The Rainbow over the River Kwai, a documentary directed by the seasoned Japanese filmmaker, Yasuhiro Mitsuda, wins Golden Award in the World Film Awards 2018. The Secretary-General of Yogyakarta Special Region handed the prestigious award on behalf of the Sultan Hamengkubowono X, the Sultan of the Yogyakarta Sultanate in Indonesia and current governor of the modern Yogyakarta Special Region.
This award marked a milestone for the film that first screened in 2016. The juries of the Festival values the humanitarian aspect, the message it carries, its uniqueness, and thought that it deserves an award and the global audience.
Yogya Semesta hosted the 109th Yogya Semesta series in early July 2018 at the Kepatihan Hall, at the Yogyakarta Special Administrative Office Complex. This time, Yogya Semesta is cooperating with International Film Festival Group (IFFG), the festival partner of the World Film Awards. The theme of this event is about humanity to commemorate World Humanitarian Day 2018 (World Humanitarian Day 2018) proclaimed by the United Nations.
World Film Awards is an international film festival focuses on finding high-quality independent films. The festival also aims to support film with a great message and help to promote it to the world. “It is such a great honor to win this award. I am very happy, and I like to make an effort for this film to be screened all over the world,” said Mitsuda with high hope.
The Rainbow over the River Kwai is a 120 minutes documentary about Takashi Nagase, a former interpreter for the Japanese Imperial Army. He then devoted himself for atonement, reconciliation and making peace with ex-prisoners of war and Asian laborers who were forced to work on the Thai-Burma Railway built by the Japanese Imperial Army during the World War 2. The documentary describes the journey of Takashi Nagase in the last 20 years of his life. Before Takashi’s death in 2011 in the Okayama Prefecture, he wished that his ashes along with his wife, Yoshiko to be scattered at the River Kwai.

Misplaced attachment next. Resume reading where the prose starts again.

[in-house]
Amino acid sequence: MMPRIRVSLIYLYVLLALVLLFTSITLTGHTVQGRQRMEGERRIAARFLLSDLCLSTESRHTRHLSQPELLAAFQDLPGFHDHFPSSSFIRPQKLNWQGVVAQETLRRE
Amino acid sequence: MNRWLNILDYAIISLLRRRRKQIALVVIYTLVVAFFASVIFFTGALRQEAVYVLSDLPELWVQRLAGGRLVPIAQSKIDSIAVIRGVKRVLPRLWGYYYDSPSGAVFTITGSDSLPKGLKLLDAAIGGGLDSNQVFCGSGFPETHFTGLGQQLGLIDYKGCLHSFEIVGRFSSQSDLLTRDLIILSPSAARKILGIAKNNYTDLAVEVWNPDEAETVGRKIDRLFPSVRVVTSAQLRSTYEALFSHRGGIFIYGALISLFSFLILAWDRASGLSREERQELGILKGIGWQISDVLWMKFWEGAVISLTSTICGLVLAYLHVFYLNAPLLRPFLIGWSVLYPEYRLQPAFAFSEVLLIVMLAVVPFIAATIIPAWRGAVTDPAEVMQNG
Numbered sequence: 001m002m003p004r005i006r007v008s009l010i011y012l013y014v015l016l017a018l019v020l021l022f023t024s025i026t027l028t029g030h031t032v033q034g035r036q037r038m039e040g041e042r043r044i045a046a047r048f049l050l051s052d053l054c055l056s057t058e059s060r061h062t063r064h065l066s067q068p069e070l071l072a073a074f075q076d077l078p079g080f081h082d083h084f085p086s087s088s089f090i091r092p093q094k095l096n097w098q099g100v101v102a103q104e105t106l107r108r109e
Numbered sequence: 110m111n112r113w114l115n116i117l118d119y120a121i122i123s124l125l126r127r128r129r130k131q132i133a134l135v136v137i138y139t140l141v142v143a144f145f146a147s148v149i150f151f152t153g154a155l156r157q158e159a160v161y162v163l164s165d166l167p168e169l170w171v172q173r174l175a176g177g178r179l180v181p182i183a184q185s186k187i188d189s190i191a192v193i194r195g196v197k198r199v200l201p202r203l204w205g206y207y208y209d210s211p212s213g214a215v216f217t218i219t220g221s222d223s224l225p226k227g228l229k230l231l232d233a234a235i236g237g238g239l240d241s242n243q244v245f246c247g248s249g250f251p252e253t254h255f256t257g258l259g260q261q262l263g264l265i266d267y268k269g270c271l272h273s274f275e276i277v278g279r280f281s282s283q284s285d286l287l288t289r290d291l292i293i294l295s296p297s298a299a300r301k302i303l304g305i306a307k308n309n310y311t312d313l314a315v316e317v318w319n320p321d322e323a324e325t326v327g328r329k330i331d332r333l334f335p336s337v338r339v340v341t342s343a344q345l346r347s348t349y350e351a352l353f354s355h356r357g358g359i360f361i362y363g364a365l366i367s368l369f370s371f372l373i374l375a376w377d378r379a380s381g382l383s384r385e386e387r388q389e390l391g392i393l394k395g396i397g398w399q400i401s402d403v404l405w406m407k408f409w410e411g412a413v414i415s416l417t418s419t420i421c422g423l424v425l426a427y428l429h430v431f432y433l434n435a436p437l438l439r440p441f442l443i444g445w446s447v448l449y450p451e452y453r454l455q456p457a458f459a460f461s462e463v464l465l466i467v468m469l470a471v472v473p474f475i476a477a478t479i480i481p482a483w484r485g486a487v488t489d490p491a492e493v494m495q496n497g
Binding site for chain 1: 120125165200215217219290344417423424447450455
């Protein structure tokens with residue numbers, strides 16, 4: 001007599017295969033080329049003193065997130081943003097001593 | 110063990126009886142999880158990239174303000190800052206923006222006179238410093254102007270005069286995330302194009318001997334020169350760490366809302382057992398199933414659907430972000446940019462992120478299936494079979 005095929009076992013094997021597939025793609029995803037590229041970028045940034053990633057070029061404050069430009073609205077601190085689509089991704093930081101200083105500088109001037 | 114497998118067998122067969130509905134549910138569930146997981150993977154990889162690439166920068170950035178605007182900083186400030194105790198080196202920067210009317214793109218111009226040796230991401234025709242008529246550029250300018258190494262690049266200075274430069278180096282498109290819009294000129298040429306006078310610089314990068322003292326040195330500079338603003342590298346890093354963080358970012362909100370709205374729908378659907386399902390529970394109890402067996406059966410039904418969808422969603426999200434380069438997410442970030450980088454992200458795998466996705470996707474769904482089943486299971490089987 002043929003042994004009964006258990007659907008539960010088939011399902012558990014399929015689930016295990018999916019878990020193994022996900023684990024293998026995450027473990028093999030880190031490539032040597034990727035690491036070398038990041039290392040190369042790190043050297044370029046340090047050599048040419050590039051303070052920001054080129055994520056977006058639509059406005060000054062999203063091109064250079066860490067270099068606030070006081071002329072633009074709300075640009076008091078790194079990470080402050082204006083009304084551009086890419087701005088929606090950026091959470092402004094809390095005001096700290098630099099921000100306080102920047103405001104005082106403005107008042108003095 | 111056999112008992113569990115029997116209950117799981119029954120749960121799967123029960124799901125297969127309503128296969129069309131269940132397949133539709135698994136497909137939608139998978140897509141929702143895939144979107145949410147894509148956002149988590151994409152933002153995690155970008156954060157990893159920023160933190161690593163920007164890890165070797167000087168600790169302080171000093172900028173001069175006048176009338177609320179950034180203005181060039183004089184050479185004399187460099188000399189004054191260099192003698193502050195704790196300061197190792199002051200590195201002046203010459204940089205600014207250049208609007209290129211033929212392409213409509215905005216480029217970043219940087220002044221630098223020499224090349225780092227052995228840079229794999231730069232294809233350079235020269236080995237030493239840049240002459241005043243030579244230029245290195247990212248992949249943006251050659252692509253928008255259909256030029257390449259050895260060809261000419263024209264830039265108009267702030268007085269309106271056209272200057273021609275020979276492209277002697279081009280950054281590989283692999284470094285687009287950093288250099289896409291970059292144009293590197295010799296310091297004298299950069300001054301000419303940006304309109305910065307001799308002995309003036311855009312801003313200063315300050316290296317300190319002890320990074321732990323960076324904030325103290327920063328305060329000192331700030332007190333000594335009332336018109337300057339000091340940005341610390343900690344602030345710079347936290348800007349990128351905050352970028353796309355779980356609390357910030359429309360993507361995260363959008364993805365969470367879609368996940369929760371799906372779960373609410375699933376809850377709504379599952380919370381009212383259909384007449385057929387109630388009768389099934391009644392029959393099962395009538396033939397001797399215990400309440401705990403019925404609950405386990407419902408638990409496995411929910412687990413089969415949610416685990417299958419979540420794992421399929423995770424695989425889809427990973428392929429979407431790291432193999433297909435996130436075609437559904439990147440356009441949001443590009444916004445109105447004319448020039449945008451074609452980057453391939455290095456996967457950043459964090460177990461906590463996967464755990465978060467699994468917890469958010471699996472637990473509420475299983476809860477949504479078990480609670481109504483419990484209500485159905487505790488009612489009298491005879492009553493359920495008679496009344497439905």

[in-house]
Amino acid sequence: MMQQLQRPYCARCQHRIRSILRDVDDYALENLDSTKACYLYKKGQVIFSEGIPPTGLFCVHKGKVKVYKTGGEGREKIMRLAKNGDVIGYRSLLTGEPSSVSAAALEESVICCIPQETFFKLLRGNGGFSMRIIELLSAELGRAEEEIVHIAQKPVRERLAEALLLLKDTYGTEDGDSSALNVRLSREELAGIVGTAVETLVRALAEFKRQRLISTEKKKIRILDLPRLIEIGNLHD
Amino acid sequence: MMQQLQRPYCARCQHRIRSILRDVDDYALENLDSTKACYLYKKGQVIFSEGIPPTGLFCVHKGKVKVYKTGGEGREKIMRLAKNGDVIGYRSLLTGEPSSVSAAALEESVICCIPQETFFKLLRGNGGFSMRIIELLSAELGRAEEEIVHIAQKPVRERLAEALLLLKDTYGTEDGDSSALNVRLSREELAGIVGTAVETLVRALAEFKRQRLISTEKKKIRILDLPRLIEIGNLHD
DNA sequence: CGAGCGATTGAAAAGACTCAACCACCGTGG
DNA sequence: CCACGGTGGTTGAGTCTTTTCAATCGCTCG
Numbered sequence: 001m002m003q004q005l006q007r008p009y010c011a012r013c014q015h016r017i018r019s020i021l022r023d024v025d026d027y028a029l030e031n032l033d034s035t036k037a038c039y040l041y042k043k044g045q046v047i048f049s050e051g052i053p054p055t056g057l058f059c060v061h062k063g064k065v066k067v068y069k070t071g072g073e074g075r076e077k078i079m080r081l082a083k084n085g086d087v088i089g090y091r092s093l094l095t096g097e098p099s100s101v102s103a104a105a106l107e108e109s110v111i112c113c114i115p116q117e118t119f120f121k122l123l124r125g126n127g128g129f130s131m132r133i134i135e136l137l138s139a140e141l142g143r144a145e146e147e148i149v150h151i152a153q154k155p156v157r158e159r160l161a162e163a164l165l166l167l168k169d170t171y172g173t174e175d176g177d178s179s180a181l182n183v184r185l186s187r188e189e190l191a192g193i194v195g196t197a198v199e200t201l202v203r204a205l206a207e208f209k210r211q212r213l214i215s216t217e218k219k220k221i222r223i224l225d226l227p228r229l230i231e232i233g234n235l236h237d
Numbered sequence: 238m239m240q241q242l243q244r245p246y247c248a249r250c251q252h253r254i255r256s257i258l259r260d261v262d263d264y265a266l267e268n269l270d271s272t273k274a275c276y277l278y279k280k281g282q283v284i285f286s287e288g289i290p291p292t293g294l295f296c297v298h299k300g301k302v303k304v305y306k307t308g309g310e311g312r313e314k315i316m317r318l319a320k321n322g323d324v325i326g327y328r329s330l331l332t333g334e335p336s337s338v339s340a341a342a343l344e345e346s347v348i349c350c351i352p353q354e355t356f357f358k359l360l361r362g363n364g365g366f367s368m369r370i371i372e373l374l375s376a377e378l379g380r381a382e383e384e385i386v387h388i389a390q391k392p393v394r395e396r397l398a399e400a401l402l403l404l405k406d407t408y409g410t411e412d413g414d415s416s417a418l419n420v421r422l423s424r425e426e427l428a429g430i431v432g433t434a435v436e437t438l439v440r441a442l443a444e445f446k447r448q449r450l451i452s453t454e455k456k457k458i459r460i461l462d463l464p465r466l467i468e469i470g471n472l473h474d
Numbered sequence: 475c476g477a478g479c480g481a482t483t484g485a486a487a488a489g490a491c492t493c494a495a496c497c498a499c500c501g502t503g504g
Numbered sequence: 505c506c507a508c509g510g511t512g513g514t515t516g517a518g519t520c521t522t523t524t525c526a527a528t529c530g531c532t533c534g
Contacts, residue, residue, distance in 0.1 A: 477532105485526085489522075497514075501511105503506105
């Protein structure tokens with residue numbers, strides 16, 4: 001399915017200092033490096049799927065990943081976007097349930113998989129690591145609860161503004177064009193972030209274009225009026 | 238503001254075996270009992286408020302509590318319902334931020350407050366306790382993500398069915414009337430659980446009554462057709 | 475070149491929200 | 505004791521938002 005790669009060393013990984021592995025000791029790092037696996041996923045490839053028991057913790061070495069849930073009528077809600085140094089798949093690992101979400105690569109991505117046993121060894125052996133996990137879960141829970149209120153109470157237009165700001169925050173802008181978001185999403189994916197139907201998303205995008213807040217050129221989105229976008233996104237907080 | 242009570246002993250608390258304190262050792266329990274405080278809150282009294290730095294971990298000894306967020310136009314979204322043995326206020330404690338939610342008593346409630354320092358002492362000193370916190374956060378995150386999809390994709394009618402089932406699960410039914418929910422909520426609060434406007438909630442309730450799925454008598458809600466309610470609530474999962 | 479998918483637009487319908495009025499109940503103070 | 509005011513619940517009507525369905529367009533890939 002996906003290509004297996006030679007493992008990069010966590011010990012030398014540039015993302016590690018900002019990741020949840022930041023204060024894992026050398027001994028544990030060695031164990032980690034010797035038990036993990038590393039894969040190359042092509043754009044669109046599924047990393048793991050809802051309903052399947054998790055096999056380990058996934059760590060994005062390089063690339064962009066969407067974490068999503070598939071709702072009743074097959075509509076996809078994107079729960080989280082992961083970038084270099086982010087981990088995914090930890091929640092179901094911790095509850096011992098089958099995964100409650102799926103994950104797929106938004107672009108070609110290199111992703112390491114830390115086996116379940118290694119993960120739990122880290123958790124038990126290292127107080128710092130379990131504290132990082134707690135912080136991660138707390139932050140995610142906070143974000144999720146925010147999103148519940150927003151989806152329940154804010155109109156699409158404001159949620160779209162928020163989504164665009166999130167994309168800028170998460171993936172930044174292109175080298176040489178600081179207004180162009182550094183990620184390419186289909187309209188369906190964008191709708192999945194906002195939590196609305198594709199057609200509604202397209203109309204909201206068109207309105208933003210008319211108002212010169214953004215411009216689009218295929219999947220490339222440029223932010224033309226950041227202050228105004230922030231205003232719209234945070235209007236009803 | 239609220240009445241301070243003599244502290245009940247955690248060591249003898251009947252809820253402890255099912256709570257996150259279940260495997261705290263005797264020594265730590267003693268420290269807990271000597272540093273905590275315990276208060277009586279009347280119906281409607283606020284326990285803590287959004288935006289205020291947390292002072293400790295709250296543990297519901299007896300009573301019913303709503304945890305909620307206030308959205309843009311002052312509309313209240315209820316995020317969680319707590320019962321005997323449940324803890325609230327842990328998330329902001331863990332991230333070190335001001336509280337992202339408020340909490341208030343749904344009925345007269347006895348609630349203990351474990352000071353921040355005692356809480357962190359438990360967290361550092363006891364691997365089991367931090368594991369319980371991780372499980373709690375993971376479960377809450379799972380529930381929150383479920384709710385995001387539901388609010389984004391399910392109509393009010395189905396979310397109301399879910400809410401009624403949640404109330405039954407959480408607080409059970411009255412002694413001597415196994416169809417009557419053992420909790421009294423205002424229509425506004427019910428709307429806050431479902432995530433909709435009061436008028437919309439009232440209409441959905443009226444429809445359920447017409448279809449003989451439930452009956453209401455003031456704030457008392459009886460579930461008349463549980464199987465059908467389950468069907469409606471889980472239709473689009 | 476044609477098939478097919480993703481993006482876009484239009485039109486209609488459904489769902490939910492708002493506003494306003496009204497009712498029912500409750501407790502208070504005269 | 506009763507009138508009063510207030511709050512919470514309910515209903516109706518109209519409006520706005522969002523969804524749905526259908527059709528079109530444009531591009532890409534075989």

Yasuhiro Mitsuda, who first started his career as a TV Journalist, explained that the film was initially made in 1994 in 13-minute length. Until 2016 he has made eight documentaries about Takashi Nagase. “I was very moved with Nagase’s action and how he felt guilty about his past. He is a humanitarian. Sometimes people only think about themselves but Nagase thought about others for the rest of his life. I respect him for that,” said Mitsuda sincerely. Yasuhiro finally decided to make a feature documentary about Nagase after his death, to continue his wish for peace and reconciliation.
“One of the moments that moved me to focus on making a film about Nagase is when I traveled with him to Thailand. We came across a British ex-prisoner of war and other people there on a memorial day to remember their loved ones. They were angry at me and Nagase because we are Japanese. I tried to talk to them but they refused. At that moment, I decided that I have to make a film about this issue. I realized how many people are still affected by this. I hope with this winning, people out there could know that there is one Japanese who had been trying to make a difference and I hope this film could change their point of view.”
This film shows how Nagase felt guilty, how he tried to compensate the victim by helping and creating a better world for the ex-prisoners and how he then founded River Kwai Peace Foundation, a foundation that gives scholarships to Thai students every year. “I want to show people like Nagase, and how he had been living in dignity, carrying his profound grieve. Nagase is an example that people could change.”
When asked how does he felt about the World Film Awards he said with a wide smile, “This festival is very cultural and nothing like I have ever seen before. It is an unforgettable experience and I don’t think I’ll ever find this kind of festival anywhere in the world.”